Though Hambelton looked like a living Egon Schiele self-portrait-lithe, lucid, hunched, skeletal, vampish, twisted, but nevertheless handsome-he thought like Albert Camus by way of Marcel Duchamp.
“One day I spotted a street piece he had done on a staircase,” says Librizzi. “It had different levels to it. I commented on that and he said it was his rendition of Duchamp’s Nude Descending a Staircase [No.1], (1911). Richie was very well versed in art history. He had an active, creative imagination. I compare that to Christo’s take on Man Ray (Christo claimed he was unaware of May Ray’s Enigma of Isidore Ducasse, 1920, when he unveiled Wrapped Reichstag in 1995). But Man Ray wrapped the sewing machine first. It doesn’t get better than that. Once the innovation is done, it’s done.”
Following this line of thought, Librizzi doesn’t exactly fawn over Warhol or Basquiat’s joint role in turning the art history wheel.
“Nobody transformed anything more than the Abstract Expressionists who were coming right out of Surrealism, Cubism and Monet, who got rid of the horizon line, which was major, because now you have Pollock and the wall,” Librizzi says, connecting more referential wires.
“Pop-art just superimposes imagery on that dimension. When Andy puts Marilyn Monroe on an empty space, it’s like putting Marilyn on a Barnett Newman.”
“Or on a Rothko,” Lamarche adds.
It should be noted that Hambleton saw financial success in New York and Europe years before Basquiat and Haring popped off. As the aforementioned radiant children were gaining notoriety, Hambleton’s “Shadowmen” were being appropriated for a Malcolm McLaren x Vivienne Westwood “jersey skirt” collaboration.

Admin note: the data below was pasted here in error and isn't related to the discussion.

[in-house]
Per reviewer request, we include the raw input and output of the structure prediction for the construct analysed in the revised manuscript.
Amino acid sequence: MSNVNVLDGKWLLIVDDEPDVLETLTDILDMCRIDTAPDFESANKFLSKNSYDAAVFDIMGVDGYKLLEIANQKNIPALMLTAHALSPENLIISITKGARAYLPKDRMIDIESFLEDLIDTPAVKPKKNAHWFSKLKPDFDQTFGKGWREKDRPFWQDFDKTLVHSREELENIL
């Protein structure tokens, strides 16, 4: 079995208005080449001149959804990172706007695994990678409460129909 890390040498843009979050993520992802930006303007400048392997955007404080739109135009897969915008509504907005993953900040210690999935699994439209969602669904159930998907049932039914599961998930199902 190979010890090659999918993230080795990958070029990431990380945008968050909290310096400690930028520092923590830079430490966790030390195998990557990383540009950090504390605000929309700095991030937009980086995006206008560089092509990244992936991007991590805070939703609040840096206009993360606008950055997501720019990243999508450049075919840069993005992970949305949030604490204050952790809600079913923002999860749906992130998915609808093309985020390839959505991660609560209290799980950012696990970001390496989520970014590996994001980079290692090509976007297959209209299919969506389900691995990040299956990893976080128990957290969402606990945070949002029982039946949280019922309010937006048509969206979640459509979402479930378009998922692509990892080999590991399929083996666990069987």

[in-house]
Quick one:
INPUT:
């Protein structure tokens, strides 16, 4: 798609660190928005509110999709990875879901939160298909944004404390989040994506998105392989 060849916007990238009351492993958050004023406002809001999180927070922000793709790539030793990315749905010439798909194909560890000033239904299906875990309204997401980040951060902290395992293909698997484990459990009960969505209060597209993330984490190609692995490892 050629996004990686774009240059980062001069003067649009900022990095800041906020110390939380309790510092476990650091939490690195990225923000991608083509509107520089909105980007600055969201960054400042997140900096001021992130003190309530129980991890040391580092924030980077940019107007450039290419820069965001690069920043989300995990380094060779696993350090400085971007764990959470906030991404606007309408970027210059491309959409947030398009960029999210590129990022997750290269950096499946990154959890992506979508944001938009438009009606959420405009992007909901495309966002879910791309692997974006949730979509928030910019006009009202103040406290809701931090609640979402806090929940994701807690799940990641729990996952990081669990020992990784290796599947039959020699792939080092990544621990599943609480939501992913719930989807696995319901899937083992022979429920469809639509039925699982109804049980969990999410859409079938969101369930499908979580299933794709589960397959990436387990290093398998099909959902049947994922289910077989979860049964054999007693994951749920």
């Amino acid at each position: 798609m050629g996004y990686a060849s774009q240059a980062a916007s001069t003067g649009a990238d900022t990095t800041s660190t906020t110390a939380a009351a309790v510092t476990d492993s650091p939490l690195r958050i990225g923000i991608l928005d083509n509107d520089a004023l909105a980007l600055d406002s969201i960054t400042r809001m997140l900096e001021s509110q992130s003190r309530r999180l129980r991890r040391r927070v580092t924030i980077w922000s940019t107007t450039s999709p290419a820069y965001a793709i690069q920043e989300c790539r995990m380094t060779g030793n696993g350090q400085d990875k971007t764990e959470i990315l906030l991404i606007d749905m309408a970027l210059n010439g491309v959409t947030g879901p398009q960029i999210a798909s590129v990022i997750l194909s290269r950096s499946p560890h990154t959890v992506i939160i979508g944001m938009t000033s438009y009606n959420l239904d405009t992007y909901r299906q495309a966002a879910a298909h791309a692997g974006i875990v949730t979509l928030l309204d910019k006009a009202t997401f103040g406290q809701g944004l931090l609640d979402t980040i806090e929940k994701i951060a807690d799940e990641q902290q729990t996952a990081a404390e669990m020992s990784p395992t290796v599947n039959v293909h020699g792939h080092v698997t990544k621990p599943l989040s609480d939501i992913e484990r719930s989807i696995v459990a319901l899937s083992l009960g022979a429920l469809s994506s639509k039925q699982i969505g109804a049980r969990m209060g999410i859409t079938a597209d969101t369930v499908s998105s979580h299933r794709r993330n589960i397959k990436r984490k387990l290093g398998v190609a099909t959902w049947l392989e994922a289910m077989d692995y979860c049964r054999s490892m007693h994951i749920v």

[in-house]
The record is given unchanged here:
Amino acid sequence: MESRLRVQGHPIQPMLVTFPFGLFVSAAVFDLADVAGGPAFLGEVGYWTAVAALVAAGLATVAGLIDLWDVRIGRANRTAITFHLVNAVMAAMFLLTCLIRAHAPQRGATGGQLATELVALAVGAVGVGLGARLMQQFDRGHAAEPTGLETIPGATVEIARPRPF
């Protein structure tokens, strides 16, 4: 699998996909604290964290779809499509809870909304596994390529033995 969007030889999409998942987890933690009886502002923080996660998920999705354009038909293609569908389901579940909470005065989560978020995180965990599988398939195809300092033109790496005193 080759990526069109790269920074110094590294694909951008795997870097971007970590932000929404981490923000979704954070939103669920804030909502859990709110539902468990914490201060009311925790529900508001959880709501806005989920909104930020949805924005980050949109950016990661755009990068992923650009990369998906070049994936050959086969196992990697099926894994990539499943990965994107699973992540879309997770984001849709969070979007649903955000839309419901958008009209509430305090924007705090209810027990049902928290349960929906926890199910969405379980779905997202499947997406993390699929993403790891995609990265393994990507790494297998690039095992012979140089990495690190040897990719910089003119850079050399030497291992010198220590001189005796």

Amateur graphic designers were ripping his aesthetic for concert posters. His shadowy intervention on The Ramone’s first album cover was plastered across unlicensed CBGBs T-shirts.
He had some tumultuously short but successful runs at a few reputable galleries. He was invited to the Venice Biennale in ’84 and ’88, but by then, Hambleton’s first major breakthrough had become a meme.
It was time to move on.
“That’s the problem in art today; people want your logo-an American concept,” says Librizzi. “When Picasso moved away from the Blue Period into Cubism, his dealer’s left him. It’s a worldwide problem, but more intense here. But great artists can’t go there. They’re dealing with their psyches and trying to free themselves from their traumas.”
The Canadian-born Hambleton’s fascination with American Simulacra & Simulation, branding and general iconography can be best illustrated in his “Marlboro Man” paintings, which feature a rustic rodeo cowboy flailing valiantly atop a bucking bronco; the clearest confluence of Motherwell and Remington.
Archetypal ideas, more Jung than Freud, regarding “maleness,” sexuality, mortality, Joseph Campbell’s heroic ideal, and addiction, were coming into contact with the bubbling AIDS epidemic, which was beginning to decimate the gay community in New York.
At this same time, Hambelton was well into his own downward spiral of hard drug use.
“Because he was a street person and a drug person, a lot of people didn’t give him credit for his intelligence, which was vast,” says Librizzi, who was Motherwell’s dealer while acting as the first director of the storied Long Point Gallery in Provincetown, Massachusetts. “Of all the major artists I’ve met, Richie was right there with them as far as intelligence goes. He could lose me sometimes.”
“There were gang wars outside the gallery. I would bail kids out of jail. The landlord would freak out. I was losing money by not dealing with Andy Warhol and people like that.”
Librizzi, who also ran a graffiti-centric gallery, Crush City (aka Librizzi Gallery), on the formerly mean streets of SoHo (99 Watts St.) for roughly one year (1984), might be the most anthropologically well-versed living human on the nature of working with the creative street urchins of the 1980s.
“In dealing with the graffiti artists, you had to be a psychiatrist, a doctor, a father, a banker; it was impossible,” he says with a sort of manic humor.